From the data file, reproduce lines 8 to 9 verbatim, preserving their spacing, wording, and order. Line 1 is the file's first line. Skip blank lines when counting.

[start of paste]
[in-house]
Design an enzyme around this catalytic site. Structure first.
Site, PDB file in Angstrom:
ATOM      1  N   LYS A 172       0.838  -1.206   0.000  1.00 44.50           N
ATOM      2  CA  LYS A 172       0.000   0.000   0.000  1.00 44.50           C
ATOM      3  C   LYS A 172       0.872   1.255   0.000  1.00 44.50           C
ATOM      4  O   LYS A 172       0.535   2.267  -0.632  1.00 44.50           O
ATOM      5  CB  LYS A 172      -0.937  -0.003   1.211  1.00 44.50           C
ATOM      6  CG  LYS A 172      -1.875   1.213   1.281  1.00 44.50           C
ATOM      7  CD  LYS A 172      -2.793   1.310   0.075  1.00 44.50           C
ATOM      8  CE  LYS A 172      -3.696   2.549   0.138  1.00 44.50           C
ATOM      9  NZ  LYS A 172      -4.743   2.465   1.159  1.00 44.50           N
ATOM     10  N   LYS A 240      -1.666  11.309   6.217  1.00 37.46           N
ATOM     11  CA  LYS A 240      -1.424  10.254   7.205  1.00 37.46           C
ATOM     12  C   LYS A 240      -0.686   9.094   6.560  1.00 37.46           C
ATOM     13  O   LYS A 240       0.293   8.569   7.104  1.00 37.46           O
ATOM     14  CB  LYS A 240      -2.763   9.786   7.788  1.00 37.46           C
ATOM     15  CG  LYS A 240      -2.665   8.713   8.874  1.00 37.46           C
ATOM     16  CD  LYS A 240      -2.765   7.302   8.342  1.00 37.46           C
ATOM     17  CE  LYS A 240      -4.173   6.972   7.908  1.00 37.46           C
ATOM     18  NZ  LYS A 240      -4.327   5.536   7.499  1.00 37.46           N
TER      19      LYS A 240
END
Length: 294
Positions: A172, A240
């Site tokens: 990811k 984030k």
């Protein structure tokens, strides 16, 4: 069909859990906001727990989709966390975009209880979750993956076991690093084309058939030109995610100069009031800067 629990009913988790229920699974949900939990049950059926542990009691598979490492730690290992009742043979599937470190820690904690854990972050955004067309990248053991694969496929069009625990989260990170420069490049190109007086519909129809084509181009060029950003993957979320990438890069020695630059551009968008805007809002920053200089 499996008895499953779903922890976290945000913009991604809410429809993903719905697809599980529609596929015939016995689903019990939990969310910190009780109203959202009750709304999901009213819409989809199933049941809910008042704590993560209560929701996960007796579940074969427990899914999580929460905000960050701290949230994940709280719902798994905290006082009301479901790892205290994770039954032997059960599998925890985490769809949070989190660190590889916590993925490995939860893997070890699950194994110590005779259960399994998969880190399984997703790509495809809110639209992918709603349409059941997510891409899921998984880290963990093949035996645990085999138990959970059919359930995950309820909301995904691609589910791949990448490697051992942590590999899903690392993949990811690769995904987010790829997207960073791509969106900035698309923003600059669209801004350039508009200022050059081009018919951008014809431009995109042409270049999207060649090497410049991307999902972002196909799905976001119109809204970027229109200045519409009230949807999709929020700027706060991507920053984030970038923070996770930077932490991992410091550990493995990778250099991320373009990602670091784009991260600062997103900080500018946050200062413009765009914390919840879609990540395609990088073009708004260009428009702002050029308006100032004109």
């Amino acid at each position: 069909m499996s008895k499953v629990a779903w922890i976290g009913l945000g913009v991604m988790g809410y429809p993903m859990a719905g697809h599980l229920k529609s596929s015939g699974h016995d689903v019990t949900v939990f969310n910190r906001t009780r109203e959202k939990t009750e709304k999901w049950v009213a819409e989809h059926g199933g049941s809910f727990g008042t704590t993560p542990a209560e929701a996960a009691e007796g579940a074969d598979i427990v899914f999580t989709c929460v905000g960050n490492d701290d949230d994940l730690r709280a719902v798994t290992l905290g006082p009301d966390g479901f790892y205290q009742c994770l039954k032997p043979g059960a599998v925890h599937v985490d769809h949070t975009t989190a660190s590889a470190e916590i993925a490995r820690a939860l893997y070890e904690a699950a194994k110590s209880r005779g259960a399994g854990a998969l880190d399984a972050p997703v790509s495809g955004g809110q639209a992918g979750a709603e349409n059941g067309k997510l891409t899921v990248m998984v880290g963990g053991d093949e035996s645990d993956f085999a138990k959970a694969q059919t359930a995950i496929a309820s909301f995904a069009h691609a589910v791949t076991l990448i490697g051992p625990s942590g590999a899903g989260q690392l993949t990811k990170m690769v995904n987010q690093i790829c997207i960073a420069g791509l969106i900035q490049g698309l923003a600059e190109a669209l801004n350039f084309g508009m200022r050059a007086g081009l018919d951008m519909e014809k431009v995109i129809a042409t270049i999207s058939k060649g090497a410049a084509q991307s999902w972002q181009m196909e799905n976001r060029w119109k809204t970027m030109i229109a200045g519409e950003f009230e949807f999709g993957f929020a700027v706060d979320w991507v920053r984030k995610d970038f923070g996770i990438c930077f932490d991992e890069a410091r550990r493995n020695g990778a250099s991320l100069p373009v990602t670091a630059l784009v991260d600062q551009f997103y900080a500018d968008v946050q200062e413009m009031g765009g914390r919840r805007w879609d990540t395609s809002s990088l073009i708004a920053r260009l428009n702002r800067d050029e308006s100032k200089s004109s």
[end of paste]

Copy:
ATOM      5  CB  LYS A 172      -0.937  -0.003   1.211  1.00 44.50           C
ATOM      6  CG  LYS A 172      -1.875   1.213   1.281  1.00 44.50           C